Dubbed Thunderstrike, because it spreads through maliciously modified peripheral devices that connect to a Mac's Thunderbolt interface. When plugged into a Mac that's in the process of booting up, the device injects what's known as an Option ROM into the extensible firmware interface (EFI), the firmware responsible for starting a Mac's system management mode and enabling other low-level functions before loading the OS. The Option ROM replaces the RSA encryption key Macs use to ensure only authorized firmware is installed. From there, the Thunderbolt device can install malicious firmware that can't easily be removed by anyone who doesn't have the new key.
I just saw http://lifehacker.com/whats-the-best-password-manager-1678121716) and one of the recommendations is . I personally use but have always thought the Dashlane UI was gorgeous. Having said that, when I clicked the LifeHacker link for Dashlane it took me to the non-www version of their site and I was greeted with a SSL certificate error. You don't get it on the www version of their site; and yes I contacted them to give them a heads up about it. Still, that doesn't exactly leave me with a warm fuzzy feeling when it comes to a security related product.post their "What's the Best Password Manager?" post (
If you don't already know this… your email is sent over the Internet unencrypted. It's the digital equivalent of sending a letter through the mail without an envelope. Anybody who comes across it can read it. The Darkmail Technical Alliance, which is composed of some heavy hitters like Lavabit founder Ladar Levison and PGP designer Phil Zimmermann, aim to change all of email with drop-in SMTP and IMAP replacements that will wrap messages in layers of encryption.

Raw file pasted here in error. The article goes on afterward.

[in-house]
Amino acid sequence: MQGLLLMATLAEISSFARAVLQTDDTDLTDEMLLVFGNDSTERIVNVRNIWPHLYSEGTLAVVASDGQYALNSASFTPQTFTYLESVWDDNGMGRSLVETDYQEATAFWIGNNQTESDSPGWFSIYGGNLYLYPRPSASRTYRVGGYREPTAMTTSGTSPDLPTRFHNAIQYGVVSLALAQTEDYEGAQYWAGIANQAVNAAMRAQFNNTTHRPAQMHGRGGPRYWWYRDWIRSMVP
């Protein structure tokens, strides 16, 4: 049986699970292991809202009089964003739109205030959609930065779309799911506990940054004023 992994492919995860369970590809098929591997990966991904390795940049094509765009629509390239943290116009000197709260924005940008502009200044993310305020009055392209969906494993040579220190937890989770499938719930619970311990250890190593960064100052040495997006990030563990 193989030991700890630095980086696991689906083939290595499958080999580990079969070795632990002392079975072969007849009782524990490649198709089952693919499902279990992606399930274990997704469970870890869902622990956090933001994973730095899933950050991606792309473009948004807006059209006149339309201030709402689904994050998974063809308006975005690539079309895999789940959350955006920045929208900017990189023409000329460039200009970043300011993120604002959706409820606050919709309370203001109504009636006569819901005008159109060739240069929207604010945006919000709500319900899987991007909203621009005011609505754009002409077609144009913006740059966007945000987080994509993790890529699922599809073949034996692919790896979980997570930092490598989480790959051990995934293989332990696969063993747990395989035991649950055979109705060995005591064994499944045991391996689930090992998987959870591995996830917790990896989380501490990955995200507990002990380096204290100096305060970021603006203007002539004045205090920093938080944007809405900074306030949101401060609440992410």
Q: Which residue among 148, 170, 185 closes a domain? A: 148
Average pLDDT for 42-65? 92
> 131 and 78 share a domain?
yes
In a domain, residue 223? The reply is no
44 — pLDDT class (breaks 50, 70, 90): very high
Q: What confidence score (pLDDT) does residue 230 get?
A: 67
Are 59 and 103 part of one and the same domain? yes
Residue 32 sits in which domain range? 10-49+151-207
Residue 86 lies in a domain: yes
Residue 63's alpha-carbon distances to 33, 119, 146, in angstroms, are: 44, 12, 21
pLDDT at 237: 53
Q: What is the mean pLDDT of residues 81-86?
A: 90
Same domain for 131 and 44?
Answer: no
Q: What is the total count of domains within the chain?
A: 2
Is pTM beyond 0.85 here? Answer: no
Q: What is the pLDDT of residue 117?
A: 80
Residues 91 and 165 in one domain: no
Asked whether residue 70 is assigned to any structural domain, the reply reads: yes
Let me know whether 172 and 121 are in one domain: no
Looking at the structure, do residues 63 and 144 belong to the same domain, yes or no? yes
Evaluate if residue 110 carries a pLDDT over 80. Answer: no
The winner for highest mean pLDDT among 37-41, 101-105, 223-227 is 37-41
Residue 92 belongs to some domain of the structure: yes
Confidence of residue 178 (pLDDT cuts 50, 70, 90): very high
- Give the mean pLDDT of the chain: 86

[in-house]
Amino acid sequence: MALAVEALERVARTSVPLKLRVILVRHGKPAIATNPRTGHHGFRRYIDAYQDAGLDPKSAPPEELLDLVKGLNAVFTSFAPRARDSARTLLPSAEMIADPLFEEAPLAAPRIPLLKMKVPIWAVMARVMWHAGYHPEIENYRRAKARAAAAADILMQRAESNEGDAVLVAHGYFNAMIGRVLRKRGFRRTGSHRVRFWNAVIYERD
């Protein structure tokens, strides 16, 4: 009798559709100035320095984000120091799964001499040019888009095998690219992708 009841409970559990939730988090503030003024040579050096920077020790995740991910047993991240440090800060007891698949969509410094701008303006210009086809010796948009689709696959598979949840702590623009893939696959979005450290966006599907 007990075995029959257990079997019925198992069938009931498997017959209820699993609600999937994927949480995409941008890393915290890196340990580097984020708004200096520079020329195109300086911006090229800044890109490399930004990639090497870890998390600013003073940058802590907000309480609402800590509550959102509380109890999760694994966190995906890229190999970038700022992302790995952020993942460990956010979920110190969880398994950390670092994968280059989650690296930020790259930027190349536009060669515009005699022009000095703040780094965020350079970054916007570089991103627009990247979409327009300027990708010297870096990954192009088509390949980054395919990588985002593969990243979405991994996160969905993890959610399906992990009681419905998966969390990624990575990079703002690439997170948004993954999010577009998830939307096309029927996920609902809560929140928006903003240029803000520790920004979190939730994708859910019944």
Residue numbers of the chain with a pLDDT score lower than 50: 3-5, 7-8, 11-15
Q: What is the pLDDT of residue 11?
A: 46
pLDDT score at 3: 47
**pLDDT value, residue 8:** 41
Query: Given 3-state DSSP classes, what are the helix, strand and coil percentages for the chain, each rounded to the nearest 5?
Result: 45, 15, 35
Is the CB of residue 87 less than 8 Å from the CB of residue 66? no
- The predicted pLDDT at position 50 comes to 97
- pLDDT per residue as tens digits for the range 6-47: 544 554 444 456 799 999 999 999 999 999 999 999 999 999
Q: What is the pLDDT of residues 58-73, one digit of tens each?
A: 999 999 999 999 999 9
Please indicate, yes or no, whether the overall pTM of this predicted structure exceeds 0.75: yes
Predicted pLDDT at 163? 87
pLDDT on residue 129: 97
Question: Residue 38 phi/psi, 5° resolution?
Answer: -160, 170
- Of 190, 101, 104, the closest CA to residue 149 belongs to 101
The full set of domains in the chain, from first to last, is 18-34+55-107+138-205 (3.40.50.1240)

"Conceptually, DIME applies multiple layers of encryption to an e-mail to make sure that the actors at each stage of the e-mail’s journey from sender to receiver can only see the information about the e-mail that they need to see. The e-mail’s author and recipient both know who sent the message and where it was bound, but the author’s e-mail server doesn’t—it can only decrypt the part of the message containing the recipient’s e-mail server. The recipient e-mail server knows the destination server and the recipient, but it doesn’t know the sender. So if you arrange the four steps in a line from left to right—author, origin server, destination server, and recipient—each step in the line is only aware of the identity of the entity directly to its left or right."
This could be huge and it certainly has the right people in place to make it happen. They'll be submitting all of it to the IETF as a formal set of RFCs and there is even a pre-alpha GitHub repository.
Check out the rest of the article on Ars… it's really worth a read if you're at all curious about the subjects of security and/or email.
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if you haven't seen this check it out man.